I just looked at my Database Schema from my DBA and its using 16bit unique Identifiers as the Primary Key. The question I have how do I used this in the routing for MVC.
Something like http://www.app.com/project/21212/product/212121
This is a midsize enterprise application, why would you need a GUID for our tables anyway?
I know we can create a friendly ID field, but I know MVC Routing doesn’t recommend using database IDs in Routes..
So I guess my questions are:
Why would we need 16 Bit Guids for our Primary Key?
How could I use that in the Route. The route isn’t supposed to contain and Database IDs.
Lets look at this very page as an example. I think we can all agree that StackOverflow is a successful MVC application...
What is that "4079861" in there? A database ID?
Note that the database ID is really the only important part as these links also arrive at the same location:
So, the short answer is: yes, your routes will probably have a big ugly Guid in them. Go talk to your DBA if you have a problem with that.
On the DB part of the question
The decision of what kind of DB keys you are going to use should be completely independent of your MVC routes. DBAs might chose to use whatever value they think is appropriate to your application without having to worry about how you are going to craft your routes. I couldn't tell whether they make sense for your domain or not.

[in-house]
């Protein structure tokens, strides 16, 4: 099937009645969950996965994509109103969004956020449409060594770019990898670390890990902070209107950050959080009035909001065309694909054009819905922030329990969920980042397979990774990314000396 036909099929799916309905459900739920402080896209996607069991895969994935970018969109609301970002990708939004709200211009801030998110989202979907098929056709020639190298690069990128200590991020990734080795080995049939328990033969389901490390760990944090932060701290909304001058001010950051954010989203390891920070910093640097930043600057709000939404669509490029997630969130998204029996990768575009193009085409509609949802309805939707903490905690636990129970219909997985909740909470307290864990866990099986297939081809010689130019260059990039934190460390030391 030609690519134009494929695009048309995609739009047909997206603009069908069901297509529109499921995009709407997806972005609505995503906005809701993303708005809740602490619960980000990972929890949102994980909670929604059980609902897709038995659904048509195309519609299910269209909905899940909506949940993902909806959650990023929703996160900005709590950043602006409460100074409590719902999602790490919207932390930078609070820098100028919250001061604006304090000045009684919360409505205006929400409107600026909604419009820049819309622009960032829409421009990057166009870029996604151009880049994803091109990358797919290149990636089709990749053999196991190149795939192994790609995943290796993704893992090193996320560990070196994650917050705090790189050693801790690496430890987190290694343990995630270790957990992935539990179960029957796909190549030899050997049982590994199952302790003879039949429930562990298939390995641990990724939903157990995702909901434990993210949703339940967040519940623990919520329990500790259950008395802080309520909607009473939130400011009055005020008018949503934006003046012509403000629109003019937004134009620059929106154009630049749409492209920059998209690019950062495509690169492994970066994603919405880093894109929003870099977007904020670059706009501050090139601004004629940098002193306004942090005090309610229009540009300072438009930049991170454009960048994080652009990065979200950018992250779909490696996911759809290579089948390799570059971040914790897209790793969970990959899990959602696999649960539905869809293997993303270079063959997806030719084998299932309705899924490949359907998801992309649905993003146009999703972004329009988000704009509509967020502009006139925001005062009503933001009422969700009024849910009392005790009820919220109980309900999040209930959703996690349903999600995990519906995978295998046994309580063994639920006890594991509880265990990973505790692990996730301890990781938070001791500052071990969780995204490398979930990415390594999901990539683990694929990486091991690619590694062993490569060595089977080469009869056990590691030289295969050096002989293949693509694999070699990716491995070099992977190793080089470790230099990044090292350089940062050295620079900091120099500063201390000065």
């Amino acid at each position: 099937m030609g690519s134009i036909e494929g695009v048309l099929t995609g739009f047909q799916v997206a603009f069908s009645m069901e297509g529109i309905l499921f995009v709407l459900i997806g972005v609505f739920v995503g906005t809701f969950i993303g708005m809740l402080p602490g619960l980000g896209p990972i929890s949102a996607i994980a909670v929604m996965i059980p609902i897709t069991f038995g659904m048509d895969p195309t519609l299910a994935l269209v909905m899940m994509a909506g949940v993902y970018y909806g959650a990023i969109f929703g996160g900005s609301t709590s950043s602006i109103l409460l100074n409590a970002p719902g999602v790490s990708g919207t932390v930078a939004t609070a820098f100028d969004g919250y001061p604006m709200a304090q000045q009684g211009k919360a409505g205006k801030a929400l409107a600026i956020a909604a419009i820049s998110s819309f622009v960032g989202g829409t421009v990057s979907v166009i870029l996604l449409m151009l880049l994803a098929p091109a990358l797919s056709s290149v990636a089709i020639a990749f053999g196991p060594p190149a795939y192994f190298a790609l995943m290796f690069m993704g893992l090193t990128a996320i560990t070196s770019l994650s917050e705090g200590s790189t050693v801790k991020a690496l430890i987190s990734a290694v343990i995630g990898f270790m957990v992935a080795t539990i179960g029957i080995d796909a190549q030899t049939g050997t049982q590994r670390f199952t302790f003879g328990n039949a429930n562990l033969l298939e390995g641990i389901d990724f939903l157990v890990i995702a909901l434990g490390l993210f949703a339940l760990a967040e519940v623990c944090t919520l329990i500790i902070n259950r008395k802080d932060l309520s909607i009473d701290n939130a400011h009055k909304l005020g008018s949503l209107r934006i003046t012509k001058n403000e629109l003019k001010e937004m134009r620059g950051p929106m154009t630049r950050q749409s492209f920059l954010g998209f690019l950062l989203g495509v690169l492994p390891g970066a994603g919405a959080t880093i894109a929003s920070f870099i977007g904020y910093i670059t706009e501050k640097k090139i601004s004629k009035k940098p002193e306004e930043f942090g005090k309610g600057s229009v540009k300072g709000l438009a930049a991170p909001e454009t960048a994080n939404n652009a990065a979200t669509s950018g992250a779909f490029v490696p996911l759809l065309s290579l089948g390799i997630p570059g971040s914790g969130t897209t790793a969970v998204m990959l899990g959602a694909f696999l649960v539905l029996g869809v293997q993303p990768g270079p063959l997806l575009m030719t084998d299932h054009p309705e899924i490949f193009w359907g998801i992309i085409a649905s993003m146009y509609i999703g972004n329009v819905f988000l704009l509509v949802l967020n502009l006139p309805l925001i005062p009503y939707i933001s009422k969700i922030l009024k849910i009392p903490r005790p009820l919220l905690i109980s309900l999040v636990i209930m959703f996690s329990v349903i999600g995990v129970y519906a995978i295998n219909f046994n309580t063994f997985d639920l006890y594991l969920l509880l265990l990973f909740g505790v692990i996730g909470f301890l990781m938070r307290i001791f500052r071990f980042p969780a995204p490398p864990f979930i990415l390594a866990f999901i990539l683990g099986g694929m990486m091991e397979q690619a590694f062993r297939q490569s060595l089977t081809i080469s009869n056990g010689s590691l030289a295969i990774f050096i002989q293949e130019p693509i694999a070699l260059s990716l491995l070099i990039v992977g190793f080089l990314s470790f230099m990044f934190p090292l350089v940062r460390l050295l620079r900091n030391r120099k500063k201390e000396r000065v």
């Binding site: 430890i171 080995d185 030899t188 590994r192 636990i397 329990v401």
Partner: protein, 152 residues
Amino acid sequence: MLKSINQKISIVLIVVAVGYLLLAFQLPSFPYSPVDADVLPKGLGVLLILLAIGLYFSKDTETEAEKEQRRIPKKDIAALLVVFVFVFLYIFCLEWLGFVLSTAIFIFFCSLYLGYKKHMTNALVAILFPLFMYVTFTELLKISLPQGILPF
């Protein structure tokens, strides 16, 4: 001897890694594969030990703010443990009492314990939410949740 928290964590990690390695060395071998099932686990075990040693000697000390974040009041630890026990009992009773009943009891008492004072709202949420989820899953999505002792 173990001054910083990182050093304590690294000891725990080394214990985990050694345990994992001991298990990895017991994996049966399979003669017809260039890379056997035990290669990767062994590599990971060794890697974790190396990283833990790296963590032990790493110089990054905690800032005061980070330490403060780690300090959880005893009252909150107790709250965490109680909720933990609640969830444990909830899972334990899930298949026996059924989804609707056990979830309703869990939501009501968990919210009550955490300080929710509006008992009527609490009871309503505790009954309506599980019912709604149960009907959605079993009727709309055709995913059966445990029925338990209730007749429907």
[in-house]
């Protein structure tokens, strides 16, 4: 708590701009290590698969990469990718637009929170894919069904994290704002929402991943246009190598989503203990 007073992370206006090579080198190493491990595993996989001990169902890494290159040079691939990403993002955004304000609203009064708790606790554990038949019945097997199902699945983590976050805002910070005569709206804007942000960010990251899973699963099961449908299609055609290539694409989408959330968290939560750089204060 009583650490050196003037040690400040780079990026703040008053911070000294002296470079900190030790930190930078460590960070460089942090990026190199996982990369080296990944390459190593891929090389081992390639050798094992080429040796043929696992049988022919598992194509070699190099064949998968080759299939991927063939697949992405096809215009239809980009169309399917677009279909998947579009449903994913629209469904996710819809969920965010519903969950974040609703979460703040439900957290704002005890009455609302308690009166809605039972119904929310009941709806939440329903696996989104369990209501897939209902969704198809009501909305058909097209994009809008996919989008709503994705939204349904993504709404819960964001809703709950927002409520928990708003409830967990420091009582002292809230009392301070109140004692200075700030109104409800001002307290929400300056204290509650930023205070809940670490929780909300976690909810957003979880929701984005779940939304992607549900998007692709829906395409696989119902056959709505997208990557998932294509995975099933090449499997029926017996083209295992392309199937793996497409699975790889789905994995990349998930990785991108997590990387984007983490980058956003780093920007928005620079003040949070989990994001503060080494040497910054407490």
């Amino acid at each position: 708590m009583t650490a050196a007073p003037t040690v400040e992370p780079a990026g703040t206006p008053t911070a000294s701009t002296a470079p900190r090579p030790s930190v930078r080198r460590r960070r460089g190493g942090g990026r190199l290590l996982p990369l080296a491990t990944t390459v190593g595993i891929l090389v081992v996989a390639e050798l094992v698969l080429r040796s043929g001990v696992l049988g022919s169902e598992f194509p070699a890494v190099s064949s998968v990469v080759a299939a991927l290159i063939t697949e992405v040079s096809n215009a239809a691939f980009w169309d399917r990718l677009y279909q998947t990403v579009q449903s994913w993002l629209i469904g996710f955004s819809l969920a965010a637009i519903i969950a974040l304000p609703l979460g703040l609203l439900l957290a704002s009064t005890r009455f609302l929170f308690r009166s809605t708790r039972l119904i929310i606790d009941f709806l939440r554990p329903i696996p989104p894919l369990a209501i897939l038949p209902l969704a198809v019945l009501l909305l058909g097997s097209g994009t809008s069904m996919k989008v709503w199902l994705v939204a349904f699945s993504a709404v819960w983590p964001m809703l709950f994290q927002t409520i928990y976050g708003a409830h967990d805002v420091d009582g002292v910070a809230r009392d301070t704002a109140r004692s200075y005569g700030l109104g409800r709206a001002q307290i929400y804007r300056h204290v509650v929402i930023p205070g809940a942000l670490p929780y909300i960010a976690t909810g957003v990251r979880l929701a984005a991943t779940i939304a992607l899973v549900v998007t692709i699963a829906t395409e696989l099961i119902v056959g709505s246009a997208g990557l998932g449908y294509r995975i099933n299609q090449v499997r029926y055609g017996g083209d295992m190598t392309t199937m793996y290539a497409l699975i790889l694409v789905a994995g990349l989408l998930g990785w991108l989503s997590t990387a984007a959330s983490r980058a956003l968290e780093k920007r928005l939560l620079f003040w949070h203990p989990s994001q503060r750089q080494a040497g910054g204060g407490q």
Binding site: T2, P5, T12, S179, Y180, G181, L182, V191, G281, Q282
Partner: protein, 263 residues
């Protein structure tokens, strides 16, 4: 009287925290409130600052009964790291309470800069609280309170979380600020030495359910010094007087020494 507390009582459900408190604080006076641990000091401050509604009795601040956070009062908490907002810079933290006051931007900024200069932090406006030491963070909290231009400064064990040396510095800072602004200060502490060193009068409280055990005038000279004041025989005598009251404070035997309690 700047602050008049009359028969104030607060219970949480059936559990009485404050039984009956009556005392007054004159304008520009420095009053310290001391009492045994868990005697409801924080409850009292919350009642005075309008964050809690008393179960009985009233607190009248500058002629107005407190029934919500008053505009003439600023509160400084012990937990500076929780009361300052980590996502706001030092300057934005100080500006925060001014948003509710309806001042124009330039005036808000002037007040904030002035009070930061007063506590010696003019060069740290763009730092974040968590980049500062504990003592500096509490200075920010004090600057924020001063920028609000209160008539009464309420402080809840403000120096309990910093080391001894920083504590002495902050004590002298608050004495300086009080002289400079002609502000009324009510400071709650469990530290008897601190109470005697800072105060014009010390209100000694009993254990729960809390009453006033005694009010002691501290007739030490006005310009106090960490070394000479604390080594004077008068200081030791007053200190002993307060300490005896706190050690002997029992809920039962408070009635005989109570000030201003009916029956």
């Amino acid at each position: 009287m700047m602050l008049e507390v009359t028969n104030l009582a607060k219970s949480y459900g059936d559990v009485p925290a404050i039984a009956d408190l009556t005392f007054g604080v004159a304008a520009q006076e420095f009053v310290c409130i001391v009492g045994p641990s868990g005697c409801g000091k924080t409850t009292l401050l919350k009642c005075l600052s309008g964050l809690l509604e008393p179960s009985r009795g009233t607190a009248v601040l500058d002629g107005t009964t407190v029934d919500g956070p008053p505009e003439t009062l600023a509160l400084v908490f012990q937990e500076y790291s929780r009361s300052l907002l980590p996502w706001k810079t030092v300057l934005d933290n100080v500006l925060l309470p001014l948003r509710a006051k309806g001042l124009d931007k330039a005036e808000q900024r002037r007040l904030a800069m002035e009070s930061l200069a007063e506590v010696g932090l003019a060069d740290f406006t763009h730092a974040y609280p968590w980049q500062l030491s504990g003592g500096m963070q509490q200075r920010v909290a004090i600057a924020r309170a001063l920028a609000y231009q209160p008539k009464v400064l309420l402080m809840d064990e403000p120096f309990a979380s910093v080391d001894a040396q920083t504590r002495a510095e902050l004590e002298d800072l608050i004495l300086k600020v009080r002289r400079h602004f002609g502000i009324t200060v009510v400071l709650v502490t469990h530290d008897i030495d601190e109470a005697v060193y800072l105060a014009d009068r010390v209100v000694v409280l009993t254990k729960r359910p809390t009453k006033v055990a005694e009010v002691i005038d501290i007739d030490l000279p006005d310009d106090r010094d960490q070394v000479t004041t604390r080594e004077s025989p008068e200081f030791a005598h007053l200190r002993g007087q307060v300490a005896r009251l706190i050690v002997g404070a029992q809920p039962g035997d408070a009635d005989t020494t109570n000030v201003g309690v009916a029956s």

On the route/URL part of the question
Depending on what you are trying to do adding a GUID to a route might not be the best idea for a route/URL. The authors of "ASP.NET MVC in Action" (page 95) give some good guidelines on how URLs should be:
If you have GUIDs as database IDs see if you can use another value to craft the route to each resource/record. For example the name of the product plus the last 4 digits of the db ID, or another unique and user friendly (see guidelines) value that you can come up with based on the information that you are trying to access.
You should ask yourself: Is there another way to uniquely identify my [insert name] ?
@Mark gives the StackOverflow example. The nice part is that it's a number, even if it's a long one. Numbers are nicer than GUIDs.
Your options are probably:
What you end up using will depend entirely on your situation and requirements.